Police can get your NHS Test and Trace data if told to self-isolate

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Police can get your NHS Test and Trace data if told to self-isolate

The police may now have access to your NHS test and trace records.

Armed forces across the UK may be able to use your test and trace data to demonstrate whether the app or other tests that may be conducted have asked you to self-isolate.

However, the government and council of police chiefs have defended the guidelines on the grounds that they are used to ensure that people follow the rules when it comes to self-isolation.

The Department of Health and Social Affairs (DHSC) guidelines state: “If there is any evidence that you are not complying with the self-isolation obligation without proper justification, your local authority may pass this information on to the local police force for further investigation.

“This can lead to enforcement actions being taken against you, which could include a fine.

“A police force can request information about positive COVID-19 tests directly from the NHS Test and Trace program, where they will investigate a report from someone who may not be complying with the mandatory self-isolation period.”

According to HSJ, some fear the move would discourage people from getting tested or downloading the Track & Trace app. reports the Liverpool Echo.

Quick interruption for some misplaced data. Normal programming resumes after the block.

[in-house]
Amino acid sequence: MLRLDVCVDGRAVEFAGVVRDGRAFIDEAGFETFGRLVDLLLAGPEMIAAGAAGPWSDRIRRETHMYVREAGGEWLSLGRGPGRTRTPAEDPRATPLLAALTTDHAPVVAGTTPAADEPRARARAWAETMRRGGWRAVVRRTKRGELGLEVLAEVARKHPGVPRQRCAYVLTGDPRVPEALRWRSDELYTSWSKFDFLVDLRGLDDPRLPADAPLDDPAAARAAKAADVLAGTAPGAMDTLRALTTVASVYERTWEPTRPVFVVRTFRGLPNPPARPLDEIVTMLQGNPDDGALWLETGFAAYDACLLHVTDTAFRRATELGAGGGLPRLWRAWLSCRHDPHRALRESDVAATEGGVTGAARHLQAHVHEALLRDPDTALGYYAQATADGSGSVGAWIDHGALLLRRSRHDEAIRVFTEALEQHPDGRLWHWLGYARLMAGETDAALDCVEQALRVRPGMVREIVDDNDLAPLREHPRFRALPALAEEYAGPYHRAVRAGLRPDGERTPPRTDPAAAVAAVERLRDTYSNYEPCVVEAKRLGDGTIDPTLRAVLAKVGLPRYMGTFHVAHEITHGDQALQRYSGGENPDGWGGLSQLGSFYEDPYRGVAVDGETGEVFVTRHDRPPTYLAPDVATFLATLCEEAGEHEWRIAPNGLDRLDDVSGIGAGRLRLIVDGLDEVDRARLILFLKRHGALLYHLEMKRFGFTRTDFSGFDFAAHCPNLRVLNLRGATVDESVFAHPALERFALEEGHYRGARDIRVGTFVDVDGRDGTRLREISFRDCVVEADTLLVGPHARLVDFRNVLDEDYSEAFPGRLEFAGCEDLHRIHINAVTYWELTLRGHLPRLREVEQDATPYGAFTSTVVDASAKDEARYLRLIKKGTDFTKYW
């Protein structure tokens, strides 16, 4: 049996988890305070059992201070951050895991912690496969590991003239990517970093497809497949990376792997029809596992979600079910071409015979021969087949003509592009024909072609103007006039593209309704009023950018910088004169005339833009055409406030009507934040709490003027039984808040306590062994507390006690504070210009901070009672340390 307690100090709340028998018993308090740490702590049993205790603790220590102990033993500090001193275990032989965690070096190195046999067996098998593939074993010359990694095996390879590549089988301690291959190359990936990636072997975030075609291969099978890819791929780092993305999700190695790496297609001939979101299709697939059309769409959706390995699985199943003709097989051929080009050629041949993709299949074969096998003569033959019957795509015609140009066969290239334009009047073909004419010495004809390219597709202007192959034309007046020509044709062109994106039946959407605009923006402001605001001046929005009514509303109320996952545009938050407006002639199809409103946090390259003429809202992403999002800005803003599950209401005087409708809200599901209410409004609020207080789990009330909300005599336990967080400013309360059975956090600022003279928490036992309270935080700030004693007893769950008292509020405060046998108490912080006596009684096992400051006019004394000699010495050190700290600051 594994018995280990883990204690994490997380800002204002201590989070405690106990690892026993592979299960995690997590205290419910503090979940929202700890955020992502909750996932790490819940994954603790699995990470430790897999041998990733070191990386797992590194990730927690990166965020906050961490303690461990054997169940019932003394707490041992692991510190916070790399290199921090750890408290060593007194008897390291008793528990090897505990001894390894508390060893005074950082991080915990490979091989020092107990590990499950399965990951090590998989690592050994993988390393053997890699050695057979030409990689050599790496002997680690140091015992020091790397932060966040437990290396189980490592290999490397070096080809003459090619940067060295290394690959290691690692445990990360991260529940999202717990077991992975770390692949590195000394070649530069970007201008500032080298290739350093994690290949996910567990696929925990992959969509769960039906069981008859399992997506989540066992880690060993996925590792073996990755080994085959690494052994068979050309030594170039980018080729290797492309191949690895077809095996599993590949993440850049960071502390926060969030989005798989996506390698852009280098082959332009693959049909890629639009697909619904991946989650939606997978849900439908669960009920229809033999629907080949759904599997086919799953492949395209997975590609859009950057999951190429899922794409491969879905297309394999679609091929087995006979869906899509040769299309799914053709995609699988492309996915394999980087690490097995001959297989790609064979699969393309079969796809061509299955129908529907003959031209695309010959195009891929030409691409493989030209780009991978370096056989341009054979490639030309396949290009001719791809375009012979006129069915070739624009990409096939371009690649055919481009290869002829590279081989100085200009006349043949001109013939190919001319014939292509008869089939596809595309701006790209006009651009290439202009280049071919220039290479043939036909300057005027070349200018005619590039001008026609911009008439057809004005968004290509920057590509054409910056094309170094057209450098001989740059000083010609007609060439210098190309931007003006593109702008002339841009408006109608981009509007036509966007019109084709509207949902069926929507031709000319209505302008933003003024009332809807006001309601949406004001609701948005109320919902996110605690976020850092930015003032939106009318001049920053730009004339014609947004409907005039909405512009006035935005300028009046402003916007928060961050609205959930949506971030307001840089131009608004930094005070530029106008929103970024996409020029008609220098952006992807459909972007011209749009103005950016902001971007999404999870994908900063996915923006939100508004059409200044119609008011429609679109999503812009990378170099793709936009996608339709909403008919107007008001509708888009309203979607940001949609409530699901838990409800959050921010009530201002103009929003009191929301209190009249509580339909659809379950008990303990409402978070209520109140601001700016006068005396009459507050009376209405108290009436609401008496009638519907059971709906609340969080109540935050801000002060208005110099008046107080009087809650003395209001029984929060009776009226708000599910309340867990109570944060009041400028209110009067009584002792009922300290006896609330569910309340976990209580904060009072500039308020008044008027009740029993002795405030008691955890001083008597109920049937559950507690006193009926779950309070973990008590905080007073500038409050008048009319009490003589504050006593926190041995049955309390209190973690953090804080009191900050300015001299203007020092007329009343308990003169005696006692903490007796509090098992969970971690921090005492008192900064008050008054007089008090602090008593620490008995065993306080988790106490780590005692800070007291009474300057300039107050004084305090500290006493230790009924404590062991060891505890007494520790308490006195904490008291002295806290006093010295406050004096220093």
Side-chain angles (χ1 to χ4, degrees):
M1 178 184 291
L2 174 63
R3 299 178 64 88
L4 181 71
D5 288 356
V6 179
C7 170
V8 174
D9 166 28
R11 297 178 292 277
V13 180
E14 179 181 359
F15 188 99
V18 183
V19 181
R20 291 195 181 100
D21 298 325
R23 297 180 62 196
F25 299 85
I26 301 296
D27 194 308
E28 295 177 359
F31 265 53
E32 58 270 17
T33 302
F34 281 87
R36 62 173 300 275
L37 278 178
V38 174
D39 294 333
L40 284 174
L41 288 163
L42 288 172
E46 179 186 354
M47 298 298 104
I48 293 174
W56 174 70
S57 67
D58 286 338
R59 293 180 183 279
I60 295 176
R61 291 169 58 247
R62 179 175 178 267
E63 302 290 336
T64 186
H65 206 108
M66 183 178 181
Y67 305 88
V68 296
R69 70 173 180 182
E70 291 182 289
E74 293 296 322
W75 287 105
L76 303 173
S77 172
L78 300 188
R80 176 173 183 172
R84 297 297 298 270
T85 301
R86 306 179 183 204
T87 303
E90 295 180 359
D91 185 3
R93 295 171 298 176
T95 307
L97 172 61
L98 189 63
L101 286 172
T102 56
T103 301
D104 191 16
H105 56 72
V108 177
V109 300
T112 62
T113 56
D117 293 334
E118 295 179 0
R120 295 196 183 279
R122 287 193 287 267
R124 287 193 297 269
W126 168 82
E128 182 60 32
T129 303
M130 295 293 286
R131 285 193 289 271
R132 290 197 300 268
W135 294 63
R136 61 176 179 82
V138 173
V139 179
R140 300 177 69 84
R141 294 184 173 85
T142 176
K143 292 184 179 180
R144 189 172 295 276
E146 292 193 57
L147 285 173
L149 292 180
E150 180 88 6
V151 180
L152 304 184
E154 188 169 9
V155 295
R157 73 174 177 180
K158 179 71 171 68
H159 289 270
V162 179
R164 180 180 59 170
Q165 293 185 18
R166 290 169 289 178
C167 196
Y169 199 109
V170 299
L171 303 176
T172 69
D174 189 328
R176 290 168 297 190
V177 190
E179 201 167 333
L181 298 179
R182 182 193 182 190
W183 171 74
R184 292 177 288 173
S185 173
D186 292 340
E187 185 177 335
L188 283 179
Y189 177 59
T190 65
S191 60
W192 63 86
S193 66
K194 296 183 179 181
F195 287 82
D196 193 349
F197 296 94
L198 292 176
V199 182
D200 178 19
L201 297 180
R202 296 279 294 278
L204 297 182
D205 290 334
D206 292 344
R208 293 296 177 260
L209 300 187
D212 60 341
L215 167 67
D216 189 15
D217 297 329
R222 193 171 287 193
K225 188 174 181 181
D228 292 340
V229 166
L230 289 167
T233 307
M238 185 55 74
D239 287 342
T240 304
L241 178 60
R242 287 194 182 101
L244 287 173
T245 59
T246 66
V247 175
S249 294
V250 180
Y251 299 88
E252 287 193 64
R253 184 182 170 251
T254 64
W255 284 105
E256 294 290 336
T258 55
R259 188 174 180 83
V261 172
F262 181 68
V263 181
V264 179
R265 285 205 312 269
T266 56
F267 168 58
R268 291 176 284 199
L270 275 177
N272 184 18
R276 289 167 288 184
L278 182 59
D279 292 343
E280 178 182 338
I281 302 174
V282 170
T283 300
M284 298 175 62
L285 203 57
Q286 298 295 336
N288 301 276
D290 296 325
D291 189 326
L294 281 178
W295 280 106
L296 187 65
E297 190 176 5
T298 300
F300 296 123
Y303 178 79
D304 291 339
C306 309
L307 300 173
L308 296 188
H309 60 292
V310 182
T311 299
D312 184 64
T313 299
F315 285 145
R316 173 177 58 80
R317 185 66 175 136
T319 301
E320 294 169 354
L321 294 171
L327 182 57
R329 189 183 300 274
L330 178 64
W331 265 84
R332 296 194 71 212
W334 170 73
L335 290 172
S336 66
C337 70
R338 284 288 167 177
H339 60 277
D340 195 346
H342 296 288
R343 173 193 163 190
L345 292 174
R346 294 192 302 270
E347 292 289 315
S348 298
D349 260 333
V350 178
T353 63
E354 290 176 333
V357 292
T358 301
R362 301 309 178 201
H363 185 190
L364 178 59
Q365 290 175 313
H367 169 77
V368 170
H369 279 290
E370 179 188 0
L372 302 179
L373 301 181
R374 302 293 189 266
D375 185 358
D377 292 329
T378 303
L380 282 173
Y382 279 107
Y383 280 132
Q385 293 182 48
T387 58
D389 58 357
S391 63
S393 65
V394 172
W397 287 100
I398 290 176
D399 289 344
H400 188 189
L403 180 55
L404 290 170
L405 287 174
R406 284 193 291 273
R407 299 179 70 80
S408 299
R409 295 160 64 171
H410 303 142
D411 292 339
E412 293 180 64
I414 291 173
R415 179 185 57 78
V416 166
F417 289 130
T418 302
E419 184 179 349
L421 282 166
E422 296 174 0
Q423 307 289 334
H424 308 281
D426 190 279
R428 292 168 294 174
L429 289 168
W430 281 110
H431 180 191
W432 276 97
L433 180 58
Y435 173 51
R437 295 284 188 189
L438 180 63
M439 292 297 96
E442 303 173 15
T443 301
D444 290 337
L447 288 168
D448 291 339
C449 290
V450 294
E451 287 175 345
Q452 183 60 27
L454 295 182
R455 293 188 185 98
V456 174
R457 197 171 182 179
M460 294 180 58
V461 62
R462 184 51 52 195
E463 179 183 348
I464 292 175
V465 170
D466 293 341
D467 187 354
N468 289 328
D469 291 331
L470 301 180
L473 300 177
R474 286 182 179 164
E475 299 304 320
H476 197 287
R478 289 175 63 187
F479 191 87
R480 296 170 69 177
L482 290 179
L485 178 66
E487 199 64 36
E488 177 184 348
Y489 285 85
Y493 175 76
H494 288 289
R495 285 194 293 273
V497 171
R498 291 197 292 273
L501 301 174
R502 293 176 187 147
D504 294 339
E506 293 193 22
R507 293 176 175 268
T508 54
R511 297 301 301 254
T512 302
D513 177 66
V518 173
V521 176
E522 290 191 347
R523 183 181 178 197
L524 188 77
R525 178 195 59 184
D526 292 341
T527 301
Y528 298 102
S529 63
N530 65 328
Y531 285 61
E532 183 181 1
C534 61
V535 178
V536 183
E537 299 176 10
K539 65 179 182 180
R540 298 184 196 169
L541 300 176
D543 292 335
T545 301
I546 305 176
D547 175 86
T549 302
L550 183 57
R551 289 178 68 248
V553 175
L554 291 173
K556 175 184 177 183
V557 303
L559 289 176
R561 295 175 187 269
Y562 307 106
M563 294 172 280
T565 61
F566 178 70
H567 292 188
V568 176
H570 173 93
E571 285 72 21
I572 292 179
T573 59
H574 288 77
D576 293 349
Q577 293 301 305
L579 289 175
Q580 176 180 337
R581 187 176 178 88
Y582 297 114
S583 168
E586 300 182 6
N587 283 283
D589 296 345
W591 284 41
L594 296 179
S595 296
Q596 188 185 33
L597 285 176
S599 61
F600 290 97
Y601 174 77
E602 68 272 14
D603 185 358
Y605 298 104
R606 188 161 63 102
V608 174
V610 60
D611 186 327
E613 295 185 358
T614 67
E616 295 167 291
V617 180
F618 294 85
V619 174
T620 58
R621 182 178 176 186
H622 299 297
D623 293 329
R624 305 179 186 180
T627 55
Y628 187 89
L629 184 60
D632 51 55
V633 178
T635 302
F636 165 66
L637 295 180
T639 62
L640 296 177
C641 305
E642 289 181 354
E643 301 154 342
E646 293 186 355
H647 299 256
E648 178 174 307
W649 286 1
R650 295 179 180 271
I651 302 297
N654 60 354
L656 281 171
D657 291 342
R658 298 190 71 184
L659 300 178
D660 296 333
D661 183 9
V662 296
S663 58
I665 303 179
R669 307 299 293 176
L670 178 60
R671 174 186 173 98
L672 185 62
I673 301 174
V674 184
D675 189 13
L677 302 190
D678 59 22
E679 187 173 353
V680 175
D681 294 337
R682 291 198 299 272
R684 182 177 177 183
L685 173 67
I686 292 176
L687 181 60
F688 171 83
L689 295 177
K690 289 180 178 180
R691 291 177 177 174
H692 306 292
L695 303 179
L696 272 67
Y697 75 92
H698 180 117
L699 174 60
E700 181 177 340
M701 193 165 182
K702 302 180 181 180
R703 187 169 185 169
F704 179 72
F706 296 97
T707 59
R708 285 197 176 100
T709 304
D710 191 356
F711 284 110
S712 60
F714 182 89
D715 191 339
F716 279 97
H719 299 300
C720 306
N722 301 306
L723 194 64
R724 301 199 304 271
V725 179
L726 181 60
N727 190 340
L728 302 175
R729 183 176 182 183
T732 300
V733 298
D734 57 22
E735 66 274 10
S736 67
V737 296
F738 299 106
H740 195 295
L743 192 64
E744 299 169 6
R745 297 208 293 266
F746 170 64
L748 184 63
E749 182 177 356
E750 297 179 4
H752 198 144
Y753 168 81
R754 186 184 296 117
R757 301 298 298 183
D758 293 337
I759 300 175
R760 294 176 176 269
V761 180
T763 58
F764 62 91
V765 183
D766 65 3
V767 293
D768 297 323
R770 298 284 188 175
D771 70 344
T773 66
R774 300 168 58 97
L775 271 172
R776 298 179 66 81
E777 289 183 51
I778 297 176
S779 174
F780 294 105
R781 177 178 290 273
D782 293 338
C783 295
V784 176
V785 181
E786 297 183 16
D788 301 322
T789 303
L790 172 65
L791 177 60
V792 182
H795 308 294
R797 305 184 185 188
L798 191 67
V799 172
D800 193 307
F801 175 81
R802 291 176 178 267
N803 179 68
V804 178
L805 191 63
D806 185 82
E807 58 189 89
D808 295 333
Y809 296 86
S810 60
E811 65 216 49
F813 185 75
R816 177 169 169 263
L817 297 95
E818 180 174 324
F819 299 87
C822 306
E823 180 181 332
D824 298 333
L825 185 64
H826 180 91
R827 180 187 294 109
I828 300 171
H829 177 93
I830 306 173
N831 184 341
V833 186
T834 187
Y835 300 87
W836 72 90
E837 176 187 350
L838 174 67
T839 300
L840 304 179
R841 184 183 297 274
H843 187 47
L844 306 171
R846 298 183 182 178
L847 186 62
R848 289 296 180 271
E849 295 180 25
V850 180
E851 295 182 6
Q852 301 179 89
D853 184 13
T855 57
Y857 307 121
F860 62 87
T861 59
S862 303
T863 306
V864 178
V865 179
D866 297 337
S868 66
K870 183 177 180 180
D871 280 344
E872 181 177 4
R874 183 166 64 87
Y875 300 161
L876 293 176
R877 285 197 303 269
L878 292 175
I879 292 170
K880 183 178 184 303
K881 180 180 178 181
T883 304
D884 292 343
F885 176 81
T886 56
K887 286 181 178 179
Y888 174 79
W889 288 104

Failure to self-isolate after a positive coronavirus test can result in a fine of £ 1,000, increasing to a maximum of £ 10,000 for repeat offenders.

The government said safeguards were in place to ensure the data was being passed on lawfully.

A spokesman for the DHSC said: “It is a legal requirement that people who test positive for Covid-19 and their close contacts, self-isolate if officially asked to do so.

“The Department of Health and Welfare has entered into a memorandum of understanding with the National Police Chiefs Council so that police forces can access information on a case-by-case basis to determine if a particular person has been notified.

“The Memorandum of Understanding ensures that information is shared with appropriate safeguards and in accordance with the law. No test or health data is shared in this process.”

A spokesman for the National Police Chiefs Council said: “Police work continues to help limit the spread of the coronavirus.

“We will continue to promote voluntary compliance, but we will enforce regulations and issue FPNs (Fixed Criminal Notices) if necessary. If people fail to self-isolate and refuse to comply, officials can issue FPNs and instruct people to return to self-isolation.”

“The officers will work with individuals to investigate their circumstances, acting at their own discretion wherever reasonable.”

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